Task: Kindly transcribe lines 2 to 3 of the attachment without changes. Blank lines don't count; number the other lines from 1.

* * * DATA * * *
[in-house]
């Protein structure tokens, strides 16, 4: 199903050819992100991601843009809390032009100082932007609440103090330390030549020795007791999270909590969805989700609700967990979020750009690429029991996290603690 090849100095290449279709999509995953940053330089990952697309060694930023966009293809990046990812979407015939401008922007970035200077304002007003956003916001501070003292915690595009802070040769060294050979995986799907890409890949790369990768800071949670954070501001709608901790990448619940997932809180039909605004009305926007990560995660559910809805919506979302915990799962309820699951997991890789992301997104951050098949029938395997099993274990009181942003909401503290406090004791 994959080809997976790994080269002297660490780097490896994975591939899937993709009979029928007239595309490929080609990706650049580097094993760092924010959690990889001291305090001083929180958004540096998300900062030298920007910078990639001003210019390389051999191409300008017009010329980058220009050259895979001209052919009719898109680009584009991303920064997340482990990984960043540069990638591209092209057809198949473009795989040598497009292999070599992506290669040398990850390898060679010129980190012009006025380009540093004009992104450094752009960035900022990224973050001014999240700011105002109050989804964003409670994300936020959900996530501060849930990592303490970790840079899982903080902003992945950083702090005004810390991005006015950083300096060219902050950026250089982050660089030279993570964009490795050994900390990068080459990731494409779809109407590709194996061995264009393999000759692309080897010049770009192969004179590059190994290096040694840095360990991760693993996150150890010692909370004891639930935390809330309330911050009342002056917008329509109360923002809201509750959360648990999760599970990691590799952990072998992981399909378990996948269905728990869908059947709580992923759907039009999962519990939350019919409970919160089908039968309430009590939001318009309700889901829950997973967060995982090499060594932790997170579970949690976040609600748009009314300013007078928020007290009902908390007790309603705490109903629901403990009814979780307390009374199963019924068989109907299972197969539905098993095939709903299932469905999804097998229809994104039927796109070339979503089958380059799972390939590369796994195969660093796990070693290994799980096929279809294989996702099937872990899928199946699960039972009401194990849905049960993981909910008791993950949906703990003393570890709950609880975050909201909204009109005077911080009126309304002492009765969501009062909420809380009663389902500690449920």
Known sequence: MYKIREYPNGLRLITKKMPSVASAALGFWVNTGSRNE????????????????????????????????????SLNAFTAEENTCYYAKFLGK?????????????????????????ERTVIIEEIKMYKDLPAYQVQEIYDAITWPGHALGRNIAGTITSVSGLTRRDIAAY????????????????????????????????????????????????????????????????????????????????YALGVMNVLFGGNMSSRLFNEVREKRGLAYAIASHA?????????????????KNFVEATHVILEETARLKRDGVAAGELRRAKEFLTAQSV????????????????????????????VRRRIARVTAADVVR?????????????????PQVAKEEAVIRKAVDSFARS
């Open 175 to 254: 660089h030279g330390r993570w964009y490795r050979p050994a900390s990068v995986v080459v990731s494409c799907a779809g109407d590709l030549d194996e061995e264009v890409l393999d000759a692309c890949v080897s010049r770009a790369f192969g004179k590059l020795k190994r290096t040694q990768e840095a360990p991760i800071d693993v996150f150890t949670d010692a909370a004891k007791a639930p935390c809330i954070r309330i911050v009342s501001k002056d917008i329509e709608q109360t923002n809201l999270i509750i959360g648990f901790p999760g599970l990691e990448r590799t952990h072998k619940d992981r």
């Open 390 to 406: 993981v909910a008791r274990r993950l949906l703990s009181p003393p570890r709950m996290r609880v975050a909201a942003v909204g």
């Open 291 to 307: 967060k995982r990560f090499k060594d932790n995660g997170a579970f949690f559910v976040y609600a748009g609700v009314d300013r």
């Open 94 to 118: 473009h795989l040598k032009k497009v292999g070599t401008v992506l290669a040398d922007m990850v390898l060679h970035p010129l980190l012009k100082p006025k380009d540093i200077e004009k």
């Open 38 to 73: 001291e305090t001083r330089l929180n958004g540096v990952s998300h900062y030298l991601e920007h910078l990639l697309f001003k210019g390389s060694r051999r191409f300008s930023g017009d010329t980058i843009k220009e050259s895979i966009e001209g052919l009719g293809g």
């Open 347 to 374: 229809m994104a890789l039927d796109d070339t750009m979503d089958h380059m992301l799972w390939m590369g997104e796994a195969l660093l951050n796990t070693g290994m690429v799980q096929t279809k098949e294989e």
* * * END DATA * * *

């Protein structure tokens, strides 16, 4: 199903050819992100991601843009809390032009100082932007609440103090330390030549020795007791999270909590969805989700609700967990979020750009690429029991996290603690 090849100095290449279709999509995953940053330089990952697309060694930023966009293809990046990812979407015939401008922007970035200077304002007003956003916001501070003292915690595009802070040769060294050979995986799907890409890949790369990768800071949670954070501001709608901790990448619940997932809180039909605004009305926007990560995660559910809805919506979302915990799962309820699951997991890789992301997104951050098949029938395997099993274990009181942003909401503290406090004791 994959080809997976790994080269002297660490780097490896994975591939899937993709009979029928007239595309490929080609990706650049580097094993760092924010959690990889001291305090001083929180958004540096998300900062030298920007910078990639001003210019390389051999191409300008017009010329980058220009050259895979001209052919009719898109680009584009991303920064997340482990990984960043540069990638591209092209057809198949473009795989040598497009292999070599992506290669040398990850390898060679010129980190012009006025380009540093004009992104450094752009960035900022990224973050001014999240700011105002109050989804964003409670994300936020959900996530501060849930990592303490970790840079899982903080902003992945950083702090005004810390991005006015950083300096060219902050950026250089982050660089030279993570964009490795050994900390990068080459990731494409779809109407590709194996061995264009393999000759692309080897010049770009192969004179590059190994290096040694840095360990991760693993996150150890010692909370004891639930935390809330309330911050009342002056917008329509109360923002809201509750959360648990999760599970990691590799952990072998992981399909378990996948269905728990869908059947709580992923759907039009999962519990939350019919409970919160089908039968309430009590939001318009309700889901829950997973967060995982090499060594932790997170579970949690976040609600748009009314300013007078928020007290009902908390007790309603705490109903629901403990009814979780307390009374199963019924068989109907299972197969539905098993095939709903299932469905999804097998229809994104039927796109070339979503089958380059799972390939590369796994195969660093796990070693290994799980096929279809294989996702099937872990899928199946699960039972009401194990849905049960993981909910008791993950949906703990003393570890709950609880975050909201909204009109005077911080009126309304002492009765969501009062909420809380009663389902500690449920």
Known sequence: MYKIREYPNGLRLITKKMPSVASAALGFWVNTGSRNE????????????????????????????????????SLNAFTAEENTCYYAKFLGK?????????????????????????ERTVIIEEIKMYKDLPAYQVQEIYDAITWPGHALGRNIAGTITSVSGLTRRDIAAY????????????????????????????????????????????????????????????????????????????????YALGVMNVLFGGNMSSRLFNEVREKRGLAYAIASHA?????????????????KNFVEATHVILEETARLKRDGVAAGELRRAKEFLTAQSV????????????????????????????VRRRIARVTAADVVR?????????????????PQVAKEEAVIRKAVDSFARS